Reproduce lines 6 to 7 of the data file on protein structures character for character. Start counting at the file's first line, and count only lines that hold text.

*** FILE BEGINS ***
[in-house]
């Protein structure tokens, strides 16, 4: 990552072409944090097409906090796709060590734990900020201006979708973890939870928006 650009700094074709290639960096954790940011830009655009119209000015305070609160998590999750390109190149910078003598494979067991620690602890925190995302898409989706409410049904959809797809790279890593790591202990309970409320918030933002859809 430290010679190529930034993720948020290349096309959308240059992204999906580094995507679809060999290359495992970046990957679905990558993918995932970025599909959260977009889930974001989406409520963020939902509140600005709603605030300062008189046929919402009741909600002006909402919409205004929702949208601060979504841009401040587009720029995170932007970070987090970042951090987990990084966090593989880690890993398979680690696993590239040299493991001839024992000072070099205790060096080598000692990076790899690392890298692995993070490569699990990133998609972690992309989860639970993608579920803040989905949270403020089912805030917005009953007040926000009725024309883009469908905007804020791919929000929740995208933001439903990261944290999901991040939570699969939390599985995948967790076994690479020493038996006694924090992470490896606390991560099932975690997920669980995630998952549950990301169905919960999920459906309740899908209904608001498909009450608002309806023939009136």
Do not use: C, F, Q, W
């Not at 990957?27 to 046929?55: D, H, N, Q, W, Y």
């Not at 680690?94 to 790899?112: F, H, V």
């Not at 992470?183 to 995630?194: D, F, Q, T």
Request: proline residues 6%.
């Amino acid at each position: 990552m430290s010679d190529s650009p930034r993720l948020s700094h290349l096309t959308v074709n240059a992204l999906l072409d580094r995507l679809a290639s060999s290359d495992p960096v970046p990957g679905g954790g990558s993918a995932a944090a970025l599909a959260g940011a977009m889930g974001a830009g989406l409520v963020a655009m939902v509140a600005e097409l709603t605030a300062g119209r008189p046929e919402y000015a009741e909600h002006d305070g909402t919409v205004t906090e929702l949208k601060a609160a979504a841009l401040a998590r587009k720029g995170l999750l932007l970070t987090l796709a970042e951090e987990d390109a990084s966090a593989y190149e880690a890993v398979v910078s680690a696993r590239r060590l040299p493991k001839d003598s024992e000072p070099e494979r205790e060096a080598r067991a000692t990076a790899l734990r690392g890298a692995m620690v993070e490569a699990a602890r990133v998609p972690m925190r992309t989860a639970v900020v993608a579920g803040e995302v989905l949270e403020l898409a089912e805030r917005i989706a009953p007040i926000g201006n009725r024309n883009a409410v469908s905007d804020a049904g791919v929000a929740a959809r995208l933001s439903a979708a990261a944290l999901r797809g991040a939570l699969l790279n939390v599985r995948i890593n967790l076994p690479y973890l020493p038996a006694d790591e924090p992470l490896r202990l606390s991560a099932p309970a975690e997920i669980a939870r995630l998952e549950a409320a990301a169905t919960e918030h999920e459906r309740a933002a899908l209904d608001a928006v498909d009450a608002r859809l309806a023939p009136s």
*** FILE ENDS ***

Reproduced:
């Not at 992470?183 to 995630?194: D, F, Q, T």
Request: proline residues 6%.